By Mike Murphy
Intel Corp. announced on Friday plans to invest more than $20 billion to build the world’s largest chip-manufacturing site in Ohio as part of is effort to reduce supply-chain problems and boost critical American industry.
The announcement confirms a Time report out Thursday night of the chip maker’s plans to build at least two chip fabrication plants at a 1,000-acre site in New Albany, Ohio, outside Columbus.
“Our expectation is that this becomes the largest silicon manufacturing location on the planet,” Intel Chief Executive Pal Gelsinger told Time. “We helped to establish the Silicon Valley, now we’re going to do the Silicon Heartland.”
The Intel /zigman2/quotes/203649727/composite INTC -0.80% facility is expected to employ 3,000 people and mark the largest private-sector investment in Ohio history. It will also create 7,000 construction jobs over the course of the build. Construction is expected to begin later this year and the plant could be operational by 2025.
“Intel’s actions will help build a more resilient supply chain and ensure reliable access to advanced semiconductors for years to come,” Gelsinger said. “Intel is bringing leading capability and capacity back to the United States to strengthen the global semiconductor industry.”
Last year, Gelsinger laid out plans to revive Intel to its former glory , and to build new chip facilities to reduce the semiconductor industry’s reliance on Asian manufacturers. Intel announced plans to build a $20 billion chip-fabrication facility in Arizona and a $3.5 billion chip plant in New Mexico .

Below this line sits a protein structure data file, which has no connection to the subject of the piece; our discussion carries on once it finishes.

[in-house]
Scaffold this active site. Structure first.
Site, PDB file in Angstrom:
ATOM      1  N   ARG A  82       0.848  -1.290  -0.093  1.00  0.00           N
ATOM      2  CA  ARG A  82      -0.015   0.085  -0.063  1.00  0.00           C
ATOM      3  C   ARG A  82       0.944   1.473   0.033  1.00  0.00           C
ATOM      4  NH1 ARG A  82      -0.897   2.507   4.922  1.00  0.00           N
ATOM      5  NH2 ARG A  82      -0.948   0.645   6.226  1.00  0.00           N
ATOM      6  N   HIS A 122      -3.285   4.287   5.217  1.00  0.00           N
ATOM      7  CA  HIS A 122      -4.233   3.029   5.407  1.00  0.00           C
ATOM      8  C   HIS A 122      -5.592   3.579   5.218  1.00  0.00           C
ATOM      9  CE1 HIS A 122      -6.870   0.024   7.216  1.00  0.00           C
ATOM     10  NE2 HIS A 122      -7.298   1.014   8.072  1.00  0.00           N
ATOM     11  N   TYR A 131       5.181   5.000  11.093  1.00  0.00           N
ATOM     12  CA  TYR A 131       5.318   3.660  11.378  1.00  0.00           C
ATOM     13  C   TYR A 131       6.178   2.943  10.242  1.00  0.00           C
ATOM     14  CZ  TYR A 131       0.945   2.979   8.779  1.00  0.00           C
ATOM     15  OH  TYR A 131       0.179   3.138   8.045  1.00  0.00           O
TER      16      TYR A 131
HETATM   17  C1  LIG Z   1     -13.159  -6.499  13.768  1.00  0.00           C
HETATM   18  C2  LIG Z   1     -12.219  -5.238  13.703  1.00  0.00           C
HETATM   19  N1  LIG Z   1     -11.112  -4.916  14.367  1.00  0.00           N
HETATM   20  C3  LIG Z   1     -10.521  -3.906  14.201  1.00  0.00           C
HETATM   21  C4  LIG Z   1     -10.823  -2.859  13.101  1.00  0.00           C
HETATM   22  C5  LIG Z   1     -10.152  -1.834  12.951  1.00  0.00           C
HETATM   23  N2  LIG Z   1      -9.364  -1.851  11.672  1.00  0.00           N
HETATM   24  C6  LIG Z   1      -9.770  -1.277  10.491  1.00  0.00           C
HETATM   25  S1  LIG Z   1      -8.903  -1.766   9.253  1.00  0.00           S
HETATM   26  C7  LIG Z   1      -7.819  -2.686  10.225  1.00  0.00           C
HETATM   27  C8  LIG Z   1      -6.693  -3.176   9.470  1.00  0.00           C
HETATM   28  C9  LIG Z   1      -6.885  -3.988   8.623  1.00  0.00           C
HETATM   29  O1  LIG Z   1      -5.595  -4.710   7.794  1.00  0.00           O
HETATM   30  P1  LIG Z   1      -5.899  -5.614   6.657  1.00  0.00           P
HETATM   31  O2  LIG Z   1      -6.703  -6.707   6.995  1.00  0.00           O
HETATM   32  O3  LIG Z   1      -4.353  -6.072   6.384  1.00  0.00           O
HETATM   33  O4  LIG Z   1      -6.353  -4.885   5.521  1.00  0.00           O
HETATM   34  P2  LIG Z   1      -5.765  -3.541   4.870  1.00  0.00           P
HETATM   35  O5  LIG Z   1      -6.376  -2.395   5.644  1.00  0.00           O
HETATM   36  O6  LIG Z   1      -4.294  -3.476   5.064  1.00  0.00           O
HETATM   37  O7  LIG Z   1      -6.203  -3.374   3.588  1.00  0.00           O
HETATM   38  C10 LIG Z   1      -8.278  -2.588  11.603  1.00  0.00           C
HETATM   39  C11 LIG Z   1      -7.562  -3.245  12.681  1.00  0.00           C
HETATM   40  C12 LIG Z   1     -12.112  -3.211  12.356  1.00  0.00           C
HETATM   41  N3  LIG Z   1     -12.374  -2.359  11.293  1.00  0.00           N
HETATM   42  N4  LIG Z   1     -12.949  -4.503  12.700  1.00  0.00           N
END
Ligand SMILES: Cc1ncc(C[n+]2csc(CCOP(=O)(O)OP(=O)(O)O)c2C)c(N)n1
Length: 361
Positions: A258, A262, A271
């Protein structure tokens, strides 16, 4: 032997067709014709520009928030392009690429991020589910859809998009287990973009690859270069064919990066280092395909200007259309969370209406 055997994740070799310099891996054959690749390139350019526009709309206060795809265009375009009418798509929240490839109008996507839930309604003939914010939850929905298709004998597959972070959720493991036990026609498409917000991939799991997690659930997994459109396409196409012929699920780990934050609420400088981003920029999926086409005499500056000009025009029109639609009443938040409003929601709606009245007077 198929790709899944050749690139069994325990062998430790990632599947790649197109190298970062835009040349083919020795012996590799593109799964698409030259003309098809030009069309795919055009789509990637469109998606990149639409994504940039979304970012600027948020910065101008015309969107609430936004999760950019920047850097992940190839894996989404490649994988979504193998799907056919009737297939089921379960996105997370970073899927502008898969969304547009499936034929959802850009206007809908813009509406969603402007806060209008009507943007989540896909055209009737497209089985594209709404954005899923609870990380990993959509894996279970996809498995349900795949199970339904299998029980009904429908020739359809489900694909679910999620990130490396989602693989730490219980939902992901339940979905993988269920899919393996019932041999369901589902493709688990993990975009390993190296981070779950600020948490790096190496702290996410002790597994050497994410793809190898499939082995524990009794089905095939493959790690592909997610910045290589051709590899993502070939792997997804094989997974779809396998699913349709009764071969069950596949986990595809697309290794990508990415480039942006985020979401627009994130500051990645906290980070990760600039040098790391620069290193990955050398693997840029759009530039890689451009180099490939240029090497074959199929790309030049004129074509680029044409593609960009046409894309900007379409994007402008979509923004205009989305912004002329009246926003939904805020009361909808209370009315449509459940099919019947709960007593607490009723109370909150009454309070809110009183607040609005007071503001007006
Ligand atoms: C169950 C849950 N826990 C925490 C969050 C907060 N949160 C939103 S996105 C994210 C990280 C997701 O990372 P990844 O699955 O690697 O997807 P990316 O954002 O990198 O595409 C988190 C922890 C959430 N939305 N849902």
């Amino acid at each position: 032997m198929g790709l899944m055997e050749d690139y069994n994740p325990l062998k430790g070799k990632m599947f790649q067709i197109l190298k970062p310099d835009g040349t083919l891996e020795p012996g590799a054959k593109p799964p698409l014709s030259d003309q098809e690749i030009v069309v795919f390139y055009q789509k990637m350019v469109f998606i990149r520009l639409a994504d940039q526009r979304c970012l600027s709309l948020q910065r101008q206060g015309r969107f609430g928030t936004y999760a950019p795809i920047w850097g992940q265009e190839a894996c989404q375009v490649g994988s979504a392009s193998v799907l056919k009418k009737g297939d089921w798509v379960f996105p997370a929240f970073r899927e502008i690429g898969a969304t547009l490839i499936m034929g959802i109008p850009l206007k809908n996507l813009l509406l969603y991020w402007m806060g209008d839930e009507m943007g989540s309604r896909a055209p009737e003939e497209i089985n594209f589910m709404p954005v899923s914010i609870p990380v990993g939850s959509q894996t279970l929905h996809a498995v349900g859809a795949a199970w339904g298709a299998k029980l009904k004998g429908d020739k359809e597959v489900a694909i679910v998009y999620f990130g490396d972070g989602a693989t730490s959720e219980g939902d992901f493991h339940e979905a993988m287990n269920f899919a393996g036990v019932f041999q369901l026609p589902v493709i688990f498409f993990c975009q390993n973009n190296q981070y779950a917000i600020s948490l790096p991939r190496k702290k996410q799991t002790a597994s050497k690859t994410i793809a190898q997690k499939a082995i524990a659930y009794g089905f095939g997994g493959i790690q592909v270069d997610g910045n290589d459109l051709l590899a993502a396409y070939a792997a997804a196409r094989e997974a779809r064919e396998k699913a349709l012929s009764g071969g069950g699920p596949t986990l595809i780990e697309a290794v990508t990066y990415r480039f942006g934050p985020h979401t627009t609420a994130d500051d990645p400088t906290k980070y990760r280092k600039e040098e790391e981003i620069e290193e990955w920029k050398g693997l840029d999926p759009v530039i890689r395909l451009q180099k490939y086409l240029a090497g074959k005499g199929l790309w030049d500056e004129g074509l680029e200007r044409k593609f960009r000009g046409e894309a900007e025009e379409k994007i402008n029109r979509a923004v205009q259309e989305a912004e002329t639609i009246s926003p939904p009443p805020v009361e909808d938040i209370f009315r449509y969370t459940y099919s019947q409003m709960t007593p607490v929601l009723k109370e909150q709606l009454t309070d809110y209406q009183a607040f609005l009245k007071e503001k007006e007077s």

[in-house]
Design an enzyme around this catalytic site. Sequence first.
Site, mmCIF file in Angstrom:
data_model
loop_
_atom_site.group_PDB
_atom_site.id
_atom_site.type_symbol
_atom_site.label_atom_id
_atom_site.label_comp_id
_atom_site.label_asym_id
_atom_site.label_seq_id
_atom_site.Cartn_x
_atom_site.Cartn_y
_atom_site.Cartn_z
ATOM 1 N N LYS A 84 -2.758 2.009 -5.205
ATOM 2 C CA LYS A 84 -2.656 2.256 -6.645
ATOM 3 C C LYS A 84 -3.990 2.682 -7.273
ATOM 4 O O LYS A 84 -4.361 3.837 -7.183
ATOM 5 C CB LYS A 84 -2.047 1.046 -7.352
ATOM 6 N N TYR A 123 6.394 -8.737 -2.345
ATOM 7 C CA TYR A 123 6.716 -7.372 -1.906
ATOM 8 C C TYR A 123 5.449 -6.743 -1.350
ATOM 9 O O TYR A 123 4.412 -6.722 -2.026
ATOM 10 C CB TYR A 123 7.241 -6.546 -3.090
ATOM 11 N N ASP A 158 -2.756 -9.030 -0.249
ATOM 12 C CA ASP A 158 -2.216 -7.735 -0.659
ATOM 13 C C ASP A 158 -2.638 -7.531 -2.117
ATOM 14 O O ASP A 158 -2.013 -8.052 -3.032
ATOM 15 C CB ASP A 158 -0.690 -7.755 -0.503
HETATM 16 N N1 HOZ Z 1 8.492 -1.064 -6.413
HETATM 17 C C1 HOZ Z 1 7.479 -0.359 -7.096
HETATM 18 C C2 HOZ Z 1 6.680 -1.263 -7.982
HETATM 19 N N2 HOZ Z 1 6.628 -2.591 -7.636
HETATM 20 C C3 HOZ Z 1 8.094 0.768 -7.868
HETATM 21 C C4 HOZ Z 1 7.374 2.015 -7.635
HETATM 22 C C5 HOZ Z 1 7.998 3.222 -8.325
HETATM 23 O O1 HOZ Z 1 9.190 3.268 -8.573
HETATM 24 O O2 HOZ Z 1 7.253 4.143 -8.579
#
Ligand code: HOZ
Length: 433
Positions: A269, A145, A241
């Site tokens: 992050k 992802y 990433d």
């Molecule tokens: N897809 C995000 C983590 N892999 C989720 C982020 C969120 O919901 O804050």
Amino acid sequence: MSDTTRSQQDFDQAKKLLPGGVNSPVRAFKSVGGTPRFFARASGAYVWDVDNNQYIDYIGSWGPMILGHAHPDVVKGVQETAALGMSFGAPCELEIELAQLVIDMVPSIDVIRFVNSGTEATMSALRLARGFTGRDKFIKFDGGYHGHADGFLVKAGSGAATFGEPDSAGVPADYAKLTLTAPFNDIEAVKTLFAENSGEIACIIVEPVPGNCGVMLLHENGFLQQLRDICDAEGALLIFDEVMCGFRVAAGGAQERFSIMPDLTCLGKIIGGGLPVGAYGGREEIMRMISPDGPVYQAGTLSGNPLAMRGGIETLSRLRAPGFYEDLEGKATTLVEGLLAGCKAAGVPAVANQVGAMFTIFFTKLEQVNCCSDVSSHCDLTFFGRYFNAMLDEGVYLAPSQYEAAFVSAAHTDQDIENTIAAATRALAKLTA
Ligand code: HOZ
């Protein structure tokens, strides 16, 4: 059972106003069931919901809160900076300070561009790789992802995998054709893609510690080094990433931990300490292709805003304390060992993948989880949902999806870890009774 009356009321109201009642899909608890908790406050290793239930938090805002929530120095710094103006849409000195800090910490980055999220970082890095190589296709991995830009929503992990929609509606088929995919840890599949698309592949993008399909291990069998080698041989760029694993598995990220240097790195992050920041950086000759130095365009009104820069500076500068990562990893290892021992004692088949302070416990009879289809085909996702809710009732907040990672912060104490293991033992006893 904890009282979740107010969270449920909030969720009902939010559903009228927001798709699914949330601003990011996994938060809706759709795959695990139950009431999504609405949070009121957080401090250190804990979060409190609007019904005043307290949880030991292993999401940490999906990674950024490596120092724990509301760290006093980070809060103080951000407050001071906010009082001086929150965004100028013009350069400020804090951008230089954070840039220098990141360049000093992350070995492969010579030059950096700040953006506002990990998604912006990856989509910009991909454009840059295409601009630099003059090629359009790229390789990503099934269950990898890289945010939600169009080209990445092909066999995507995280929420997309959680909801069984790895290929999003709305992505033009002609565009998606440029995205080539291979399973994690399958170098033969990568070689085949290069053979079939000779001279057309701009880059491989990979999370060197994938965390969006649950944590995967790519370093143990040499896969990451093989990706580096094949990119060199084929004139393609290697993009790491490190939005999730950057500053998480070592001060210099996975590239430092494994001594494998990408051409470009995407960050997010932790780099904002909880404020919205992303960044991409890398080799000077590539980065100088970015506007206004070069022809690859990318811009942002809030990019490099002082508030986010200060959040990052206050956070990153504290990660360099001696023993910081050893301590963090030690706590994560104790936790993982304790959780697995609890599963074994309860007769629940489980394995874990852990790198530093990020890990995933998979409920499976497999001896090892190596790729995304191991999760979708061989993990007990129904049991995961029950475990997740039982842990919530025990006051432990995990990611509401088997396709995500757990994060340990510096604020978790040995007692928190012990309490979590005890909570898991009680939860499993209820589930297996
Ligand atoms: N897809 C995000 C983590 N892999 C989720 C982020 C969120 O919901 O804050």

“Twenty-five years ago, the United States produced 37% of the world’s semiconductor manufacturing… Today, that number has declined to just 12%,” Gelsinger told CBS News’ “60 Minutes” last May . “That’s a problem.”
“This is a big, critical industry and we want more of it on American soil: the jobs that we want in America, the control of our long-term technology future,” he added at the time.
Other major chip makers, such as Samsung Electronics /zigman2/quotes/209800866/delayed KR:005930 +0.74% , Micron Technology /zigman2/quotes/205710729/composite MU -2.32% and Taiwan Semiconductor Manufacturing Corp. /zigman2/quotes/204359850/composite TSM -0.35% have also announced intentions to build new chip production facilities in the U.S.
Intel shares have gained about 1% in 2022, but are down nearly 17% over the past 12 months, compared to the S&P 500’s /zigman2/quotes/210599714/realtime SPX -0.58% loss of 6% this year and gain of 16% over the past year.
Updated with correct stock gain for Intel this year.